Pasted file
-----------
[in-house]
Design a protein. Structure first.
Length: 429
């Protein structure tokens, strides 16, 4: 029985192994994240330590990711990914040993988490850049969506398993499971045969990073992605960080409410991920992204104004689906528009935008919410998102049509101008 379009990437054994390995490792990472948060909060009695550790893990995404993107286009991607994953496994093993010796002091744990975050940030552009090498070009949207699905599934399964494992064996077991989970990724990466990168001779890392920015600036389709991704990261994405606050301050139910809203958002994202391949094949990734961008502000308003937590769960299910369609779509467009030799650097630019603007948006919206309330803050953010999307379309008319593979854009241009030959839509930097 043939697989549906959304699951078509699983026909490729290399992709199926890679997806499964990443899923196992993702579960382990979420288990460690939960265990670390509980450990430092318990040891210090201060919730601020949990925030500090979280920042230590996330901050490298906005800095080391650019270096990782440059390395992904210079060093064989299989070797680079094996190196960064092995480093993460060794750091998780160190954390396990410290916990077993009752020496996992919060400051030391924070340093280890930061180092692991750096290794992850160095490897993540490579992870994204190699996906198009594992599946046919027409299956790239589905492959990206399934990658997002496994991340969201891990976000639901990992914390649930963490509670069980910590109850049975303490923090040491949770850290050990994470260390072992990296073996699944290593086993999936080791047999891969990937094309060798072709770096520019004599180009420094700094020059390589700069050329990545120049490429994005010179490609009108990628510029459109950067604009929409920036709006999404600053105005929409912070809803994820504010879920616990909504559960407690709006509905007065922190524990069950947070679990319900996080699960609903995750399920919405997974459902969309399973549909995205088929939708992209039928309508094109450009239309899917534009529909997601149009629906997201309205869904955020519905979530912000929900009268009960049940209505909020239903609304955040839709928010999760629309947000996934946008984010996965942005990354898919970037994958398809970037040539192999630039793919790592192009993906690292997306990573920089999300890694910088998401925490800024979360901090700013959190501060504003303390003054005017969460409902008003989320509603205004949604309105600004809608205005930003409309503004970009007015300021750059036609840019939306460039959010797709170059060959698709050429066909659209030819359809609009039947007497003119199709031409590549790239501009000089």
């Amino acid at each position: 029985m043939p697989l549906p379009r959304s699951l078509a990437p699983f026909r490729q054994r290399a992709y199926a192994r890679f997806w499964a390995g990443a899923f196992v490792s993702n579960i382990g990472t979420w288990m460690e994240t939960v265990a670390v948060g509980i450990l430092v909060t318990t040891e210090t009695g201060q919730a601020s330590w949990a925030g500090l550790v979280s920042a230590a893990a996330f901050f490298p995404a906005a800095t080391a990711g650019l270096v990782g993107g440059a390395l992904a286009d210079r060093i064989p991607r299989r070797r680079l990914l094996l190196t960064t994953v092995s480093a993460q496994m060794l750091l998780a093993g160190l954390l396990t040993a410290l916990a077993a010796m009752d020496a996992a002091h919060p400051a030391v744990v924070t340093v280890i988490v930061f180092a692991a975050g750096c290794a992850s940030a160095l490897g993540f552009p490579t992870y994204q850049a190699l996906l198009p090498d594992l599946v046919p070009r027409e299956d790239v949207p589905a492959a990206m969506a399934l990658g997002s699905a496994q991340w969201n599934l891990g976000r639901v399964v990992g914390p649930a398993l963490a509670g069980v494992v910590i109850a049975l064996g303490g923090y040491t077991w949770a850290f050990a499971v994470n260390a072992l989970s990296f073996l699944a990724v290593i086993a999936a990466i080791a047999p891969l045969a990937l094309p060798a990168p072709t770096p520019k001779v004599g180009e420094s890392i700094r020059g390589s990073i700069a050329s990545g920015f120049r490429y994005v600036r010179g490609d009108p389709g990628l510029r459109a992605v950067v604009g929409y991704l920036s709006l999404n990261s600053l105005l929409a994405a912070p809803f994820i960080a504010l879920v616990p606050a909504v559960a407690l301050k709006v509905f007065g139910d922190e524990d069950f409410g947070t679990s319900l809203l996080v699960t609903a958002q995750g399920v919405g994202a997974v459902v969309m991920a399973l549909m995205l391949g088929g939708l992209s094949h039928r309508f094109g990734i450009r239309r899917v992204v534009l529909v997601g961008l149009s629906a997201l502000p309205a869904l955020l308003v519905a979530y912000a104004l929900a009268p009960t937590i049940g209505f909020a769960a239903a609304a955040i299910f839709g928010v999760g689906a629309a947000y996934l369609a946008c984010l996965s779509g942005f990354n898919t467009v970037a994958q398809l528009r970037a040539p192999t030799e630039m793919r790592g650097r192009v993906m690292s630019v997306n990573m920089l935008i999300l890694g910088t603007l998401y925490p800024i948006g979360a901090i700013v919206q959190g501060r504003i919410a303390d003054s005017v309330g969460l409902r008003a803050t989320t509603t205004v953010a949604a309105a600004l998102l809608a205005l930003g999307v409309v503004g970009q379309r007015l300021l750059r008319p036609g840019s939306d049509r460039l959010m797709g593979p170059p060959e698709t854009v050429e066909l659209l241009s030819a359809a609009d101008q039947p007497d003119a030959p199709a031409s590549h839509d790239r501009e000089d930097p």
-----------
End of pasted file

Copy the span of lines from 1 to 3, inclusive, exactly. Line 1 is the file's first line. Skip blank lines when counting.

[in-house]
Design a protein. Structure first.
Length: 429